The backlash against Sadr is visible here. In Wedding Square, near Sadr headquarters, someone has smeared a poster bearing Sadr's image with black graffiti. Someone has torn down the posters of Sadrists who died fighting the British forces before they were driven out in late 2007. The Sadr office itself is pocked with bullet holes and occupied by the National Police.

Across from the office a vast soccer field where thousands of Sadrists once prayed is empty and the tarp that covered the area destroyed.

"They have no mercy," Abu Muntather said about the Iraqi troops. "They torture our people and when they hear the name of the Mahdi Army and Sayed Muqtada al Sadr they detain them and beat them."

On Friday the Iraqi Army shot over the crowds of Sadrists bowing in prayer, killing one person and wounding two.

"I feel wounded inside," Abu Muntather said. But he said he and his fellow Mahdi Army members had no choice but to stand down when Sadr finally ordered them to.

"We are Shiite. Shiite fighting Shiite this is shame," he said. "If we didn't have the order from Sayed Muqtada we wouldn't have let them in Basra."

It was not just the Mahdi Army that the Iraqi Army targeted. The army also went after d the feared Vengeance of God, an Iranian-backed group lead by Yousef al Sinawi. A mosque that belonged to the group is now just rubble and Basra residents sigh with relief at the sight.

Vengeance of God was accused of shooting women for dressing indecently and torturing people in the now destroyed mosque. A popular video on many people's cell phones shows stacks of dollar bills and Euro notes allegedly found in Sinawi's headquarters.

No one seems to mourn for them in this city that was once known as the "mother of the lute."

University students again are downloading music to their cell phones. Young men and women dare to talk to one another without fear of retribution.

Still, they are cautious. Inside the English department at Basra University, a group of men celebrated the end of long-bearded Islamists dictating their behavior. But they wouldn't share their names.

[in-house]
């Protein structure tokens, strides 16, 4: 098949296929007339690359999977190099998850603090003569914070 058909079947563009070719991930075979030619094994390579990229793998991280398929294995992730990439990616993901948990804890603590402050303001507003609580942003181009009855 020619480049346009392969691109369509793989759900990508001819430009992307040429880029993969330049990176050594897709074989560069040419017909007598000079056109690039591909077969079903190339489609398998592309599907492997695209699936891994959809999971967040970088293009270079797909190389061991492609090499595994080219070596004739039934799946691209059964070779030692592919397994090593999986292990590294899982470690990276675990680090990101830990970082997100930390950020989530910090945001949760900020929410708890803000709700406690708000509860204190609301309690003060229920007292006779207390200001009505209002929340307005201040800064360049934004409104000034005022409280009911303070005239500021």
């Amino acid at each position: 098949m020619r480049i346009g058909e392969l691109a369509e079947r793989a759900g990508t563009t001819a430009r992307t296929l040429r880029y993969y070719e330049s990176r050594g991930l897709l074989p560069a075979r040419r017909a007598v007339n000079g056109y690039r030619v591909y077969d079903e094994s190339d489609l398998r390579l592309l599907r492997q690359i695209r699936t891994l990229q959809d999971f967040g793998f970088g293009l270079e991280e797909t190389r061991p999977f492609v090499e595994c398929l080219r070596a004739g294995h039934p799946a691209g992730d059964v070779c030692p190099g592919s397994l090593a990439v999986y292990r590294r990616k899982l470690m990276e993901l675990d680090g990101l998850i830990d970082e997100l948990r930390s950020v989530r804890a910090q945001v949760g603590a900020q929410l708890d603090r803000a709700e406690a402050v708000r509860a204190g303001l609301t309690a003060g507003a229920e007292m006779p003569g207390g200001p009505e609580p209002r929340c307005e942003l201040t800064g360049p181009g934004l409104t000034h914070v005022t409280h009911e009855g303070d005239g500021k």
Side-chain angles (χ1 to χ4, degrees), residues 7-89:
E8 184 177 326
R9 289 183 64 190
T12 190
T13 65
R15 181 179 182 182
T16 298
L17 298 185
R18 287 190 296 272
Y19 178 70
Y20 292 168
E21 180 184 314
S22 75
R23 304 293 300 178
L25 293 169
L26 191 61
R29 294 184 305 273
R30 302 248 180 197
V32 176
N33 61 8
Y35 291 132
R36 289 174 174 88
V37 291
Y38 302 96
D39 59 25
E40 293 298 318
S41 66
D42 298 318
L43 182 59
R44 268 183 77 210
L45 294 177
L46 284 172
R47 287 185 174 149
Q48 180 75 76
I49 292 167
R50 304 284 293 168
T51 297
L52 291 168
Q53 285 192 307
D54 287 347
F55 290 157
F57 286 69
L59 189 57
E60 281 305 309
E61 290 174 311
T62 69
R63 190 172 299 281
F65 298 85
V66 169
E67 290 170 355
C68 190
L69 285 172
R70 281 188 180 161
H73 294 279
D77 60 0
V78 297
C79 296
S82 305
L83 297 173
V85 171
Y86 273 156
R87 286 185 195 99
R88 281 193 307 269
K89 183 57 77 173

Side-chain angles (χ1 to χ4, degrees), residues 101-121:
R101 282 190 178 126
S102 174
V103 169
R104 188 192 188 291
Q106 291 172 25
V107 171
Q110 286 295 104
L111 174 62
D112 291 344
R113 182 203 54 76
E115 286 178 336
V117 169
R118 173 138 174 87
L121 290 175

"They'll come back," one student predicted.

On Jazaer Street, a busy shopping district, once-banned music CDs are back and those filled with Shiite sermons are nowhere to be found. But the vendors won't give their names. One said he'd already been given a note warning that what he did was haram, forbidden.

There are still bomb attacks. Two weeks ago, grenades were thrown at wedding parties and a bomb went off outside Aboud's store.

Gen. Mohammed Jawad Hweidy, the head of the Basra operations, said he knows there are "sleeper cells." "The presence of the army is strong," he said. "We must keep pressure on them."

He said the army's detained some 600 people and released only 65. About 1,200 members of the police were dismissed for corruption. "We are pursuing them everywhere," he said."

Residents of the sewage-filled areas of Hayaniyah and Qibla, once Mahdi Army strongholds, agree. When the security forces don't find the men they're looking for, the residents said, they take their family members.

The city is torn between believing that things are getting better and worrying that the danger will return.

Zuhur Hussein, a famous dancer from Basra, still shrouds herself in a black flowing cloak and scarf. She never stopped dancing but even now she's afraid.

"I feel like my killer is always walking behind me," she said.